Every portfolio should have at least one oil share, right?
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I've been convinced that the Motley Fool Beginners' Portfolio needs an oil share in it for some time, but I've been torn between going for a riskier exploration prospect, or one of the big FTSE 100 (UKX) producers.
What's settled it is that I'm really not much of an expert at analysing the oil exploration business, and a key part of Foolish investing is to avoid buying things you don't understand. So maybe we'll miss some oil strike booms, but we'll also avoid dry well disasters -- instead we'll be set up for nice juicy dividends over the coming years.
What that means is I'm adding BP (LSE: BP), the fourth biggest company in the FSTE 100 and valued at £84.6bn, to the portfolio.
The deal went like this...
It's not a real money portfolio, but our £500 installment got us a virtual 112 shares at a cost of 434.45p each, for a total of £485.58. The usual commission of £10 plus £2.43 stamp duty brought our spend up to £499.01.
Our total investments are now looking like this...
|Company||Buy price||Share cost||Charges||Total cost|
|Vodafone (LSE: VOD)||168.5p||£487.07||£12.44||£499.51|
|Tesco (LSE: TSCO)||305.5p||£485.80||£12.43||£498.23|
|GlaxoSmithKline (LSE: GSK)||1,440.5p||£489.77||£12.45||£502.22|
|Persimmon (LSE: PSN)||617.9p||£488.11||£12.44||£500.55|
|Blinkx (LSE: BLNX)||36.94p||£487.24||£12.44||£499.68|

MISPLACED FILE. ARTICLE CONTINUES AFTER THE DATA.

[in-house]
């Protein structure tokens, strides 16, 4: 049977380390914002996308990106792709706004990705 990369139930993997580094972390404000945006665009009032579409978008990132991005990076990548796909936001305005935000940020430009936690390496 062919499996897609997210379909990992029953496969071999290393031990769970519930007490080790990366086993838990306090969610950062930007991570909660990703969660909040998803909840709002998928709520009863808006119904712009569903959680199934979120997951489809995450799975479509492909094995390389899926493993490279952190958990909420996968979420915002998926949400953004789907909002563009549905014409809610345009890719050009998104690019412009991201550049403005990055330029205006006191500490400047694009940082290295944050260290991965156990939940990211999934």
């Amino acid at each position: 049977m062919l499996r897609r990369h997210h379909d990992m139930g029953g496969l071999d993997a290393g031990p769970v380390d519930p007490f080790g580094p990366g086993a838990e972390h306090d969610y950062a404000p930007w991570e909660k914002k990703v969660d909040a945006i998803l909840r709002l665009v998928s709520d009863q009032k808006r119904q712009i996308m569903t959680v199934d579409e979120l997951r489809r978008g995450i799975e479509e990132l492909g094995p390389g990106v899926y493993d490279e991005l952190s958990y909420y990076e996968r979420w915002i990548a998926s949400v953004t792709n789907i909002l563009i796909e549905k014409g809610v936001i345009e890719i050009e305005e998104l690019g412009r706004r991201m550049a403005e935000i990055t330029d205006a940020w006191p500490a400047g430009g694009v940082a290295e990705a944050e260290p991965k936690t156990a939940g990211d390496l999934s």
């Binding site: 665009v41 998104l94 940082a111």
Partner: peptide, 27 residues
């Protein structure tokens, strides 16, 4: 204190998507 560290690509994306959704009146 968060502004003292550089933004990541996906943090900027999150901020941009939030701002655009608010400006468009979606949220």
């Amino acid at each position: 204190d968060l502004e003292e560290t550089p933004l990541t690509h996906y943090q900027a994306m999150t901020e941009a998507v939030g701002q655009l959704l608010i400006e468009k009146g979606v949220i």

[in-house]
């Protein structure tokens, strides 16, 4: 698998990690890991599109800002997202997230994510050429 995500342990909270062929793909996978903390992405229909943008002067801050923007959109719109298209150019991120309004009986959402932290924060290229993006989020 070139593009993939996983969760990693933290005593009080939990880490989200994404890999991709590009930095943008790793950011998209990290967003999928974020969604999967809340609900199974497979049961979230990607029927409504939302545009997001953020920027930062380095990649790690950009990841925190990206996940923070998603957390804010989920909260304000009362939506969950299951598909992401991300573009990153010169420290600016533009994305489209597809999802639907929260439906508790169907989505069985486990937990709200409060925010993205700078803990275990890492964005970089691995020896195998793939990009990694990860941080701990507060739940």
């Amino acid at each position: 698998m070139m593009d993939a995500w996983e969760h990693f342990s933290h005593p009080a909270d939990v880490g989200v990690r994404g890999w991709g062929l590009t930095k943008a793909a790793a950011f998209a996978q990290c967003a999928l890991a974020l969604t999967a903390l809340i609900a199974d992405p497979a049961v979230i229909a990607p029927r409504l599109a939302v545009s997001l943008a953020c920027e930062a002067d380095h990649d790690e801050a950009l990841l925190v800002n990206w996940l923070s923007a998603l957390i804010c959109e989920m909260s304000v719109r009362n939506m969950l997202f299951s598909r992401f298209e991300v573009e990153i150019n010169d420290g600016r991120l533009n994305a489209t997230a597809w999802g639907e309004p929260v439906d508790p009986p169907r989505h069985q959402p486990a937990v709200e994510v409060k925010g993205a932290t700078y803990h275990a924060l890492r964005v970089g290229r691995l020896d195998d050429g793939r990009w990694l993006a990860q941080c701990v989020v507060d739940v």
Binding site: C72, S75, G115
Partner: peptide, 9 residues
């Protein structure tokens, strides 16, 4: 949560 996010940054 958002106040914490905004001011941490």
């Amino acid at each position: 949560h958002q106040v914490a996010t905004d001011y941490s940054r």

Why BP and not Royal Dutch Shell (LSE: RDSB)? Well, to be honest, I don't think there will be much difference in the performance over the next couple of decades -- or at least if there is, we have no way of telling now.
But BP shares seem a bit depressed at the moment, with a $5bn writedown of US assets announced this week, and though we're in this for the long run, there's nothing wrong with taking advantage of short-term weakness when we see it.
Current forecasts put the shares on a prospective price-to-earnings (P/E) ratio for the year to December of 6.7, falling to just 6.5 for 2013, which is less than half of the FTSE 100 long-term average of around 14. And we have forecast dividends of 4.8% followed by 5.4%. Both of those are better than Shell's equivalents.
There could still be more costs from the Gulf of Mexico disaster to come, but everyone knows that, and the uncertainty is already factored into the share price. I'm happy to tuck these away, take the dividends and hope for some share price appreciation over the next few years as a bonus.
What's next for the beginners' portfolio? Probably a pause for a recap, and a look at what's been happening to the shares we've bought so far -- I've been following an approach of "strategic ignorance" so far and taking no notice of where their prices have been going in the short term.
Finally, if you want to follow the strategy of buying strong dividend-paying companies like BP, Neil Woodford is an acknowledged expert on it -- the free Motley Fool report "8 Shares Held By Britain's Super Investor" takes a look at some of his major holdings. Click here to get your free copy, while it's still available.
Are you looking to profit from this uncertain economy? "10 Steps To Making A Million In The Market" is the very latest Motley Fool guide to help Britain invest. Better. We urge you to read the report today -- it's free.
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> Alan does not own any shares mentioned in this article. The Motley Fool owns shares in Tesco.